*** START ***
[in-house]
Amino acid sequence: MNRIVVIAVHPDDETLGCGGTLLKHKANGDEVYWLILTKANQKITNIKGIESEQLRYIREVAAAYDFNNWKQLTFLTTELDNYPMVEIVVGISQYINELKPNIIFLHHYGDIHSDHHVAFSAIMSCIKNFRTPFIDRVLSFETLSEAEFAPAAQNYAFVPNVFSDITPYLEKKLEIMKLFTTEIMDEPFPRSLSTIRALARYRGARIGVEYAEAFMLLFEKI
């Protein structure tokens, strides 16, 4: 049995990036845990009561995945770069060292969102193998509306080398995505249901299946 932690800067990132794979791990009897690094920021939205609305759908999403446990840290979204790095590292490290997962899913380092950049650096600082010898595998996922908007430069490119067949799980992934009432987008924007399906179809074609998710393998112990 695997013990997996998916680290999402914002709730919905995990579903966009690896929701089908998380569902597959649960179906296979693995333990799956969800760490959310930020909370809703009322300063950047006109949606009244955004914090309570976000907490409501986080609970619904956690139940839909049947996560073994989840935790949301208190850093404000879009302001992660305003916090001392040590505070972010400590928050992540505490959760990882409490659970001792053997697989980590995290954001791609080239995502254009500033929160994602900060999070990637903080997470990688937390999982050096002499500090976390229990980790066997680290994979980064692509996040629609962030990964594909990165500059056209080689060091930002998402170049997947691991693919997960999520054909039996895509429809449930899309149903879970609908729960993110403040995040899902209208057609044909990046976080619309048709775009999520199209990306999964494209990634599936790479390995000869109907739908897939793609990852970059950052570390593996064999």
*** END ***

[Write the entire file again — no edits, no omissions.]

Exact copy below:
[in-house]
Amino acid sequence: MNRIVVIAVHPDDETLGCGGTLLKHKANGDEVYWLILTKANQKITNIKGIESEQLRYIREVAAAYDFNNWKQLTFLTTELDNYPMVEIVVGISQYINELKPNIIFLHHYGDIHSDHHVAFSAIMSCIKNFRTPFIDRVLSFETLSEAEFAPAAQNYAFVPNVFSDITPYLEKKLEIMKLFTTEIMDEPFPRSLSTIRALARYRGARIGVEYAEAFMLLFEKI
């Protein structure tokens, strides 16, 4: 049995990036845990009561995945770069060292969102193998509306080398995505249901299946 932690800067990132794979791990009897690094920021939205609305759908999403446990840290979204790095590292490290997962899913380092950049650096600082010898595998996922908007430069490119067949799980992934009432987008924007399906179809074609998710393998112990 695997013990997996998916680290999402914002709730919905995990579903966009690896929701089908998380569902597959649960179906296979693995333990799956969800760490959310930020909370809703009322300063950047006109949606009244955004914090309570976000907490409501986080609970619904956690139940839909049947996560073994989840935790949301208190850093404000879009302001992660305003916090001392040590505070972010400590928050992540505490959760990882409490659970001792053997697989980590995290954001791609080239995502254009500033929160994602900060999070990637903080997470990688937390999982050096002499500090976390229990980790066997680290994979980064692509996040629609962030990964594909990165500059056209080689060091930002998402170049997947691991693919997960999520054909039996895509429809449930899309149903879970609908729960993110403040995040899902209208057609044909990046976080619309048709775009999520199209990306999964494209990634599936790479390995000869109907739908897939793609990852970059950052570390593996064999």